Lists for the End of the World
- Jordan Shaw
- 24 August 2017
This article is from 2017.
A dearth of creativity makes for a tedious verbatim piece
Lists are wonderful things. They help you remember to pick up a loaf from the supermarket, they keep you on track with all your daily tasks, and they provide you with useful information and insightful commentary on all the upcoming arts events in your area. So, given the indispensability of the trusty list, it's all the more disappointing it should be put to such devastatingly dull theatrical effect in Lists for the End of the World. In their debut Fringe production, fanSHEN take what might have been an interesting concept and fail utterly to capitalise on it, producing a show of soporifically tiny scope and interest.
Aside from a quick introduction, Lists for the End of the World consists entirely of the cast reading out crowd-sourced lists on such topics as 'Things to Do Before I Die' and 'Things I Pretend to Be Interested In'. Sometimes they read them while standing at different bits of the stage. Sometimes they do it in slightly different voices. At a couple of points, they even read them while dancing. If you've made it this far through the paragraph, you have a disappointingly accurate sense of Lists for the End of the World.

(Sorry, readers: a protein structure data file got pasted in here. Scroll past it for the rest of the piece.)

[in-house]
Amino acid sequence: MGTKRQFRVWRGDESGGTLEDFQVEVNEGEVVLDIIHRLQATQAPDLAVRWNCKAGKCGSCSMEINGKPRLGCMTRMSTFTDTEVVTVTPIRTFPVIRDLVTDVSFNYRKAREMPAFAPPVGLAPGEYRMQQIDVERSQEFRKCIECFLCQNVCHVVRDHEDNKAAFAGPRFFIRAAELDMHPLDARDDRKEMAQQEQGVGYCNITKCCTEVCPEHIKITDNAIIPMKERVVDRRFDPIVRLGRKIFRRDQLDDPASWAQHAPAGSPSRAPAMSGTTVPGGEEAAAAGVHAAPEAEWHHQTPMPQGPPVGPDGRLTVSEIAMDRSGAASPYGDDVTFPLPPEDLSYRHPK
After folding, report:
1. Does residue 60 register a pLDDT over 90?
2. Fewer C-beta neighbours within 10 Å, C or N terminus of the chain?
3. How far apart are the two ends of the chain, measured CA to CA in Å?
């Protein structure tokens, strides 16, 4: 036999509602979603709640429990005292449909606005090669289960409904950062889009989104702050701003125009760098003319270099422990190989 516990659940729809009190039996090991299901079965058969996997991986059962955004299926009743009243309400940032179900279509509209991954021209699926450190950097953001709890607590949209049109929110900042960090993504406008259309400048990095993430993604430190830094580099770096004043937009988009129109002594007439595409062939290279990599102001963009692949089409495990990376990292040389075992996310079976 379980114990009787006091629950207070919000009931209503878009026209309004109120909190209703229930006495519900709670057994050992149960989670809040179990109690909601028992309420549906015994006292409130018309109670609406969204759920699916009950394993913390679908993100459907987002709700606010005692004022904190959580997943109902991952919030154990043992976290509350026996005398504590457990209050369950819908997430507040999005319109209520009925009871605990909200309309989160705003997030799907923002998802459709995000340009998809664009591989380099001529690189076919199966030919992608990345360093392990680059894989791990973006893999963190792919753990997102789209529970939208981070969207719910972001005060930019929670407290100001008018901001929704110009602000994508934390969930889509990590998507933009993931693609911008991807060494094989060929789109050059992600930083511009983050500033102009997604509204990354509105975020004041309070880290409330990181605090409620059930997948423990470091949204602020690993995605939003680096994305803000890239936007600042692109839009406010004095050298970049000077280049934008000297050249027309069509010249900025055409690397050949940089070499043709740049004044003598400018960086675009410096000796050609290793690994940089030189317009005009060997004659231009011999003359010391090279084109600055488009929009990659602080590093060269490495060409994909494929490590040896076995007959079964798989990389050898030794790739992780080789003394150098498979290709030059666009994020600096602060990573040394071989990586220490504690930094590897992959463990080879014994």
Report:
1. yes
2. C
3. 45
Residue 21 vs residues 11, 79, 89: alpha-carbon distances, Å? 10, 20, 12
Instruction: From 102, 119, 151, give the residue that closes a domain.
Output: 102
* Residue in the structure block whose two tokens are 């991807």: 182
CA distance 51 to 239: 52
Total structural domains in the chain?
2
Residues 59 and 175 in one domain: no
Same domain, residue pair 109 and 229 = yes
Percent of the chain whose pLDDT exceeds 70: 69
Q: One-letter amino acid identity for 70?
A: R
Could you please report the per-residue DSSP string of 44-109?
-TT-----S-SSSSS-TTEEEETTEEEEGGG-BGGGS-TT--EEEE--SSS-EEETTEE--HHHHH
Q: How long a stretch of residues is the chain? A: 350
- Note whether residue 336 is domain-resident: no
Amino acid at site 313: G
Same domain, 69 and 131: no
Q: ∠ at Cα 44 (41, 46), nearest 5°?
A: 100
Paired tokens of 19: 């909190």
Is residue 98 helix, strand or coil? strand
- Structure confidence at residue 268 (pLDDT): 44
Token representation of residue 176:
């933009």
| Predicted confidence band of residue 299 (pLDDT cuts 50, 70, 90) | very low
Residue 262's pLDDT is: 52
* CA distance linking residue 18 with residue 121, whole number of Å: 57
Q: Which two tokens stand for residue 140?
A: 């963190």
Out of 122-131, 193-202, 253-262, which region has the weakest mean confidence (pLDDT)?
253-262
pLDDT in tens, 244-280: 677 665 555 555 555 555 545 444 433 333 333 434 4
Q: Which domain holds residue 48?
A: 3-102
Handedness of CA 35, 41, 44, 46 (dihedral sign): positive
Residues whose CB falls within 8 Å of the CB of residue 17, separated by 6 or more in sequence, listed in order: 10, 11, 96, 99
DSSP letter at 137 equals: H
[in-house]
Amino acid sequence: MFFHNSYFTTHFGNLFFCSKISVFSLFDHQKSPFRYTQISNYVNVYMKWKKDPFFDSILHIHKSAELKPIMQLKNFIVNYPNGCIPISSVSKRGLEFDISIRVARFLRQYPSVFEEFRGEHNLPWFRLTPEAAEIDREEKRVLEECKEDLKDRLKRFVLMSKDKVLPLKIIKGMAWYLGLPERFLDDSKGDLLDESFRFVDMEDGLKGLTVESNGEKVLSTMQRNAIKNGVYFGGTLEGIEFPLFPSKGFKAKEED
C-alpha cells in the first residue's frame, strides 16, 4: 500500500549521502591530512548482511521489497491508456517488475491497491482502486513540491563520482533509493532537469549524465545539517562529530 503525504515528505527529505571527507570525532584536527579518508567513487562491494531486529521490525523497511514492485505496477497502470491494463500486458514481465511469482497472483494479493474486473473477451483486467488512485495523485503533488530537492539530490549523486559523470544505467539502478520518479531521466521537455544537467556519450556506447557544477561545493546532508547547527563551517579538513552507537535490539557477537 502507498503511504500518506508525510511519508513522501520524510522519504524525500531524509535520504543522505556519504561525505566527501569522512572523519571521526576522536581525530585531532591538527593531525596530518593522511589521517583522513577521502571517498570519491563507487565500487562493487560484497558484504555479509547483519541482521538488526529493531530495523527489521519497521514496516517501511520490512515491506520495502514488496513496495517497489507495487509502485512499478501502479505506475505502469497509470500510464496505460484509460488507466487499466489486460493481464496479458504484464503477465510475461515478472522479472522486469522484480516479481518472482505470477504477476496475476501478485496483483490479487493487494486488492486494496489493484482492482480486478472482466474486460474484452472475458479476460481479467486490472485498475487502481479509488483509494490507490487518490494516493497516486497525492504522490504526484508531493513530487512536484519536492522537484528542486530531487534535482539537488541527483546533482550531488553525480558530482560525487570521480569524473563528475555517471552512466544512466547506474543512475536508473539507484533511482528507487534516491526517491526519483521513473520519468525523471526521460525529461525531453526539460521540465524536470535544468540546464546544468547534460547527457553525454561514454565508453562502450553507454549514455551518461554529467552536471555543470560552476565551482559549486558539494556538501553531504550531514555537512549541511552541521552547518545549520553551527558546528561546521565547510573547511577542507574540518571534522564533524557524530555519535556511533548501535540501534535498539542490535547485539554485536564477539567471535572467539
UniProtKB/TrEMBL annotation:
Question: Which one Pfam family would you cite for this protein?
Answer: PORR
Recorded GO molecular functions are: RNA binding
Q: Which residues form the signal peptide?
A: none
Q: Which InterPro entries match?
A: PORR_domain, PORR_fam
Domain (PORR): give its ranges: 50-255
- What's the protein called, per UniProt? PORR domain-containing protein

The production is dull, repetitive, and almost bafflingly uninventive. Its sole strategy for generating humour – following every few list items with a vaguely unexpected one – feels tired after ten minutes. Every now and then, the cast will follow a series of lighthearted lists with a sad one, seeming to mistake sudden tonal shifts for depth and complexity. It's deeply disappointing, as the cast are clearly capable performers, but they are given little more to do here than contort their eyebrows at the audience in response to some of the more unorthodox items.
If any attempt has been made to extract from these lists any greater meaning whatsoever, the final production shows no evidence of it. Rather than a finished piece of theatre, Lists for the End of the World feels more like a not-particularly-useful devising workshop, stretched far, far beyond breaking point.
Summerhall, until 27 Aug, 1.45pm, £12 (£10).